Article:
Connecting Students and Teachers for Better Learning

We are really excited about the potential of student-centered learning to make education more productive (listen to our latest podcast to hear more). By connecting to passions and encouraging a sense of urgency and ownership, we can create an experience for students that feels both exciting and meaningful. The relationship between educators and students is key to making this work. Students not only have to feel valued and respected, but they also need to have a genuine trust in their guides (be it teachers, mentors, parents, etc).

More and more school communities, like New Zealand’s largest university, The University of Auckland are identifying the need to build relationships between students and teachers and Getting Smart Advocacy Partner, Instructure is striving to meet that need through their learning management system, Canvas.

In this blog, that first appeared on Extra Credit: The Canvas Blog, Jared Stein, VP of Research and Education at Instructure shares their recently released report and dives into how meaningful relationships are AND how interactions have a direct correlation to positive learning outcomes.

Jared Stein

Who was your favorite teacher? Almost everyone can recall at least one teacher who really made a difference. And usually that teacher was someone who really reached out, who made a connection with you, who changed up the lecture-and-listen format of class and helped you connect with other students, or to the subject matter in a meaningful, personal way.

Research demonstrates that a sense of social connection can improve learning. In fact, activities that bring students together — like peer tutoring and cooperative learning — have shown a marked increase of up to 75% greater performance on assessments. Teachers who support student-centered learning in this way often make a bigger impact on students’ lives and education than teachers who remain aloof or apart from their students.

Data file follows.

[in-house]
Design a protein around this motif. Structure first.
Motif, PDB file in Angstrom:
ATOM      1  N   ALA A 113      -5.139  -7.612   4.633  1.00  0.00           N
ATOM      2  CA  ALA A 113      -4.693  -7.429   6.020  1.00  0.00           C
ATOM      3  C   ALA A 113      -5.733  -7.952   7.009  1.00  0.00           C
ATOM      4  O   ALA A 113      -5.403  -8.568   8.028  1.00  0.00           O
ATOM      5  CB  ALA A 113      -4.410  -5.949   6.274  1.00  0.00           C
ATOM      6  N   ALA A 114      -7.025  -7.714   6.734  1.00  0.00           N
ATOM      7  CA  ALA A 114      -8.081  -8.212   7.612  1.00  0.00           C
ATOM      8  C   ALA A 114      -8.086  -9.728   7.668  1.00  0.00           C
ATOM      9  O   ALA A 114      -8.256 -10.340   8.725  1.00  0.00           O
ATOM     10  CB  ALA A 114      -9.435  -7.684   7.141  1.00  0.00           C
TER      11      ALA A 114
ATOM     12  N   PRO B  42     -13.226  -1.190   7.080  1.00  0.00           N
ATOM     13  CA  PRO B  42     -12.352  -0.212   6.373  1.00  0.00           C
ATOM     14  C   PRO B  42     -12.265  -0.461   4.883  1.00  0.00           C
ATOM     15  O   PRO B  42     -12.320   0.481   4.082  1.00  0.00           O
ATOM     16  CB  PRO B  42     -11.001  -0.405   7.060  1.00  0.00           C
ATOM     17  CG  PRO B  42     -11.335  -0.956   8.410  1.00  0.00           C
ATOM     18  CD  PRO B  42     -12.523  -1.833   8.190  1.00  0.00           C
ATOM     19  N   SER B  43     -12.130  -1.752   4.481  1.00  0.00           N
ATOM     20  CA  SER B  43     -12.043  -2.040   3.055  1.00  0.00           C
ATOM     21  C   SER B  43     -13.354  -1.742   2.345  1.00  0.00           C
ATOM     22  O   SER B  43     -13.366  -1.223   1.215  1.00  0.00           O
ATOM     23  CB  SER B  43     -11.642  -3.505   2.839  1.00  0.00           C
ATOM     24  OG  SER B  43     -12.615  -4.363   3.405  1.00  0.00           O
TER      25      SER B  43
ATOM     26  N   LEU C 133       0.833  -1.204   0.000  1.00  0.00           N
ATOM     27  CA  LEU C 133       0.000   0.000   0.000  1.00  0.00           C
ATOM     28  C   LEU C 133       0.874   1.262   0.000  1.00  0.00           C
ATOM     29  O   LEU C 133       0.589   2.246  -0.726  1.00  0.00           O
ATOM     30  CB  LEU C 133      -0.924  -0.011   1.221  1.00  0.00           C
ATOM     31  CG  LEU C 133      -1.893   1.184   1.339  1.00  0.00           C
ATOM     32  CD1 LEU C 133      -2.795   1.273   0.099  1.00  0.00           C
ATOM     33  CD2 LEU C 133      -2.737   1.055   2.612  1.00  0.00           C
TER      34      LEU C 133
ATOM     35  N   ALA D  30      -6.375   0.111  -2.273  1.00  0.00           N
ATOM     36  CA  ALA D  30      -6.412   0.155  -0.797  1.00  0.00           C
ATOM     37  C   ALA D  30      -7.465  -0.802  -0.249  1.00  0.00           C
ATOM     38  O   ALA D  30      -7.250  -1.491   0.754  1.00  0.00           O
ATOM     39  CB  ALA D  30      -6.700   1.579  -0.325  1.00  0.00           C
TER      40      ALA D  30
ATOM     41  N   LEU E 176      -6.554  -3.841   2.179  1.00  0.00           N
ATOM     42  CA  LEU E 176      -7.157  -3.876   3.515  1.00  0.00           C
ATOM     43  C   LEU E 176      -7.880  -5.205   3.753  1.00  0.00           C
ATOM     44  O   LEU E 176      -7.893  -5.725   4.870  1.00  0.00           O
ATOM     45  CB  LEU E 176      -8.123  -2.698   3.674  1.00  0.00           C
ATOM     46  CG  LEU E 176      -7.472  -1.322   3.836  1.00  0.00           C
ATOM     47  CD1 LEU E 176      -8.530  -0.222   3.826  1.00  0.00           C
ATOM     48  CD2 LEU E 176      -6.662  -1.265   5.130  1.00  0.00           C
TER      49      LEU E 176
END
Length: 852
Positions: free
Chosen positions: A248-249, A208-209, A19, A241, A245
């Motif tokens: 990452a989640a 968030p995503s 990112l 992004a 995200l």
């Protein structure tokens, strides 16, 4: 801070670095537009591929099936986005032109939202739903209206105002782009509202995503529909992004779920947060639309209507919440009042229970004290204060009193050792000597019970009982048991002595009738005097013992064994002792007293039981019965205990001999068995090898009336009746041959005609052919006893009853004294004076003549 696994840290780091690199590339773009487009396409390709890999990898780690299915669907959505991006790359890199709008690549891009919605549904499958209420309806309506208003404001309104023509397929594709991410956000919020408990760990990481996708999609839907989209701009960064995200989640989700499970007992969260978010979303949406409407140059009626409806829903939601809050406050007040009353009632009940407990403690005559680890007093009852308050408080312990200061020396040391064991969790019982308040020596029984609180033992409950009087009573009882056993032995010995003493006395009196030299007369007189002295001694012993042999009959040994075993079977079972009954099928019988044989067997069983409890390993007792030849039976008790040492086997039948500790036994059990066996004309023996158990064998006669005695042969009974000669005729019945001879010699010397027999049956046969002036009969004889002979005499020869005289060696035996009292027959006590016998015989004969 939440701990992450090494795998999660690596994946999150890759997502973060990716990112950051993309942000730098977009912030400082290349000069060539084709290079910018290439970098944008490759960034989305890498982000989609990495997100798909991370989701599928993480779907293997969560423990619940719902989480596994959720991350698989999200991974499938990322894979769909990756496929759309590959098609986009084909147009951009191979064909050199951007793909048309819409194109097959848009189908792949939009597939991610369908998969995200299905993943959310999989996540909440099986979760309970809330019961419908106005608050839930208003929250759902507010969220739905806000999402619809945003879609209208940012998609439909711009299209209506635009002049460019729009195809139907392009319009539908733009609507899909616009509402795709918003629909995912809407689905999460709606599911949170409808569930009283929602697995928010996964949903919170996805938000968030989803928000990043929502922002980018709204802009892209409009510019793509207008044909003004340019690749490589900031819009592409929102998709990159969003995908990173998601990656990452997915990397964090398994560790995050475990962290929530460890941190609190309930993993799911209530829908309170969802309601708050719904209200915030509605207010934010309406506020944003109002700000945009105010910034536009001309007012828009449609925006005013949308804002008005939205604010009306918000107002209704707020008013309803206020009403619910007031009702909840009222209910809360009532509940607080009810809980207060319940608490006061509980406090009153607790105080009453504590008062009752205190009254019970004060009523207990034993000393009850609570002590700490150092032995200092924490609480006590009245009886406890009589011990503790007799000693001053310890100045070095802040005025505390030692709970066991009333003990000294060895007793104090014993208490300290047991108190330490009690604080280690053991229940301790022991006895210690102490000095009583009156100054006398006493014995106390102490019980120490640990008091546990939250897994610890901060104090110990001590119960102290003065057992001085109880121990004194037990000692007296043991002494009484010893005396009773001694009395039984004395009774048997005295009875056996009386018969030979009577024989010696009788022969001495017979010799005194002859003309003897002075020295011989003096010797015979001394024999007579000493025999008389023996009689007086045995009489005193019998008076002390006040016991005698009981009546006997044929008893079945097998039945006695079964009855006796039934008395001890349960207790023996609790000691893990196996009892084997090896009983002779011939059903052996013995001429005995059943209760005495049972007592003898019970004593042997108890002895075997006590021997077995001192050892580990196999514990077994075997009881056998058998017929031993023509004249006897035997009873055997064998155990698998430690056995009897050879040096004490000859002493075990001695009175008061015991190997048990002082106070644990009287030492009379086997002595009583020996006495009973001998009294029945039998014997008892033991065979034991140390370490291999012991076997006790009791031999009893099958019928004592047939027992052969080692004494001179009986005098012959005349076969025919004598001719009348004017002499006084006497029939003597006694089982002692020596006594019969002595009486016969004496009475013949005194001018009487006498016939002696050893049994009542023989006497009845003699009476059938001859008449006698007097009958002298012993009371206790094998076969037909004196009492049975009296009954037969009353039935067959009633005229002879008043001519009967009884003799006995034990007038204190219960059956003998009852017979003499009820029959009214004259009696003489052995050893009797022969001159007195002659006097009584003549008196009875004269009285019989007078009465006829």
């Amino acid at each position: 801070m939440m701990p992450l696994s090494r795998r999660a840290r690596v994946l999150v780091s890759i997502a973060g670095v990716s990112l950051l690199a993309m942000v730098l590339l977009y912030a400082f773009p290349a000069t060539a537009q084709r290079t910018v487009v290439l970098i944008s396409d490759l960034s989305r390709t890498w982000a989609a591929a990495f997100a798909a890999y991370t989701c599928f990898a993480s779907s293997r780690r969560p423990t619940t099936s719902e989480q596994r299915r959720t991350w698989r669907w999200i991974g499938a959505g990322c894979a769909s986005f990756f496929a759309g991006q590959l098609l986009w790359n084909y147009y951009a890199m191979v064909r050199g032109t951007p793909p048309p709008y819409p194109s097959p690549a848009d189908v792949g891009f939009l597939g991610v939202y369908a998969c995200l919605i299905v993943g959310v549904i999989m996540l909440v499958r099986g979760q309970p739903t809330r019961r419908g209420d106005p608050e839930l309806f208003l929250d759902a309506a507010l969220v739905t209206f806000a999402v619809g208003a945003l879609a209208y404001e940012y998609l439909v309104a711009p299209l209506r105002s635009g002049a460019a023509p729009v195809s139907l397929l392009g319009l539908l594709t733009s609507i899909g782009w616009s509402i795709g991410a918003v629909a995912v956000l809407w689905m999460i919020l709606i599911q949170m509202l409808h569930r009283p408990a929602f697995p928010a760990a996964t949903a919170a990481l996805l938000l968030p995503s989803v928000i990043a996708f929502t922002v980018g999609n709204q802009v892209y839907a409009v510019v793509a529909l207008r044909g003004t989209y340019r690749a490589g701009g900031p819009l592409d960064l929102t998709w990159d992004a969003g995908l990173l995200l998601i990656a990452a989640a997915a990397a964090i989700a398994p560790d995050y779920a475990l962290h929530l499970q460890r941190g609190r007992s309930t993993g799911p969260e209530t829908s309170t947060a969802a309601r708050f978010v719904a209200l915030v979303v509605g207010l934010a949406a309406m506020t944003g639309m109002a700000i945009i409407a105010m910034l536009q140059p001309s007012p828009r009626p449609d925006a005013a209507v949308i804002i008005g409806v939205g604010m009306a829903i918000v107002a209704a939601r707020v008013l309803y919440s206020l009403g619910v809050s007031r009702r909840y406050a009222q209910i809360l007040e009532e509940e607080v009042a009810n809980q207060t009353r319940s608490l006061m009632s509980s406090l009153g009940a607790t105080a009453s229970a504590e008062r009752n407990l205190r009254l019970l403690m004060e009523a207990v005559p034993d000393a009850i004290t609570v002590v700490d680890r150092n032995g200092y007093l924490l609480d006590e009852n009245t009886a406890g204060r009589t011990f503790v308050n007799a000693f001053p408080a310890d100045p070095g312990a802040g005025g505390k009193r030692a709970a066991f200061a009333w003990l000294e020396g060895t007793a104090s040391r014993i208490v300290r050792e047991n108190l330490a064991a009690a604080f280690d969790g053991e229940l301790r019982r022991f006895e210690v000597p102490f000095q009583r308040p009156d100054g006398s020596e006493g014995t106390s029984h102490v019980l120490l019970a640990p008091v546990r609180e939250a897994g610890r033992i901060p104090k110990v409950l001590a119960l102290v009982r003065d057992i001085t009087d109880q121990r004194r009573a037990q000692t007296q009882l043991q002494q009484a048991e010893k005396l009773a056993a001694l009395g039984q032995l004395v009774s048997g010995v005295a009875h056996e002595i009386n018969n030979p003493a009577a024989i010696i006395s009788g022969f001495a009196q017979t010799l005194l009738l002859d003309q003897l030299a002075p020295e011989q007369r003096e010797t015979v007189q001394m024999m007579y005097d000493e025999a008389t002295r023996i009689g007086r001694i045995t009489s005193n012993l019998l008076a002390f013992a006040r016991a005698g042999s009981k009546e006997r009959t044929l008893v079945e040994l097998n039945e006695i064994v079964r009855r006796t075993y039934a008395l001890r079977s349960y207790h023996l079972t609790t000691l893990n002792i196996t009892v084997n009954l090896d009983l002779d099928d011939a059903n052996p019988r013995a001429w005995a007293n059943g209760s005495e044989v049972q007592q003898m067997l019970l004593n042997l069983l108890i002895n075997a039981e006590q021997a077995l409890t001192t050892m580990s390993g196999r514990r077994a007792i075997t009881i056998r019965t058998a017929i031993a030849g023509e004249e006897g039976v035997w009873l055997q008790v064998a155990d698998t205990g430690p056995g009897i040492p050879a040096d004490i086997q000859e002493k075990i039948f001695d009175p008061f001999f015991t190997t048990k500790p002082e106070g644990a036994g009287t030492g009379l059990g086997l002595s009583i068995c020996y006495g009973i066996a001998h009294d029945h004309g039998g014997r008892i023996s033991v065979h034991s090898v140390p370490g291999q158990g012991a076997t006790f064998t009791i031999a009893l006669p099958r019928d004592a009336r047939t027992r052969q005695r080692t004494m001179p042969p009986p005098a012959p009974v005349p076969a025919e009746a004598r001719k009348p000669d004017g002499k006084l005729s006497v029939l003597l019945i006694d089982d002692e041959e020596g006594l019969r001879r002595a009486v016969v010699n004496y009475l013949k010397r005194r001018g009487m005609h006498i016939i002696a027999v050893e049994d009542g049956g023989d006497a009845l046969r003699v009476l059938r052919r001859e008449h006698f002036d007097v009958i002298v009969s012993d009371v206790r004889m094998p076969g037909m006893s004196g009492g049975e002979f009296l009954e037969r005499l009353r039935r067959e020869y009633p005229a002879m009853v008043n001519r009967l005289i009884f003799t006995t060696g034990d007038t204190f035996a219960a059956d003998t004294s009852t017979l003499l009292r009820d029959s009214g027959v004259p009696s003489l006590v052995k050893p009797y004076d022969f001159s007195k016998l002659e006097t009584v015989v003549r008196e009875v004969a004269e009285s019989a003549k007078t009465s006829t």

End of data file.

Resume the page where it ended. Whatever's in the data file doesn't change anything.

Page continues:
A sense of separation from a teacher (and other students) can happen pretty easily in an online environment. It can take a special effort on the part of online teachers to become a “favorite teacher”. David Wiley noted that the impersonal nature of the web is not only easy to slip into, it is sometimes designed into the way LMSs direct pedagogy:

“With the pile of philosophical, conceptual, and empirical evidence showing the social nature of learning and the importance of human relationships (particularly the relationship between teacher and student) in learning and wellbeing, why are we working so hard to automate away any opportunity for these relationships to exist?”

But the truth is that there are a myriad of ways that teachers and students can create digital connections in online classes. A new paper from the Research and Education Department — “Increased Social Connectedness through Digital Peer Learning” — explores several ways that Canvas supports social learning, including:

  • Peer Tutoring
  • Reciprocal Teaching
  • Cooperative Learning

From our report:

“Research shows these interactive and community-building activities positively impact student satisfaction and success. More importantly, these activities have documented success with improving learning outcomes. Canvas has unique capabilities that enable peer learning practices, such as peer tutoring, reciprocal teaching, and cooperative learning; and it can make the digital learning environment more meaningful for student-teacher connectedness.”

We’re releasing this work on the heels of our Student-centered Learning Glossary, which outlines the wide array of choices teachers have in designing creative, student-centered learning exercises. Both the glossary and our social connectedness white paper–as well as other work on online course design and lossless learning–can be found on by visiting the “Stories” section of our K-12 and Higher Ed  pages.

You can read the full white paper here.

For more on Canvas:

Jared Stein is Vice President of Research and Education at Instructure. Follow him on twitter,

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Getting Smart loves its varied and ranging staff of guest contributors. From edleaders, educators and students to business leaders, tech experts and researchers we are committed to finding diverse voices that highlight the cutting edge of learning.

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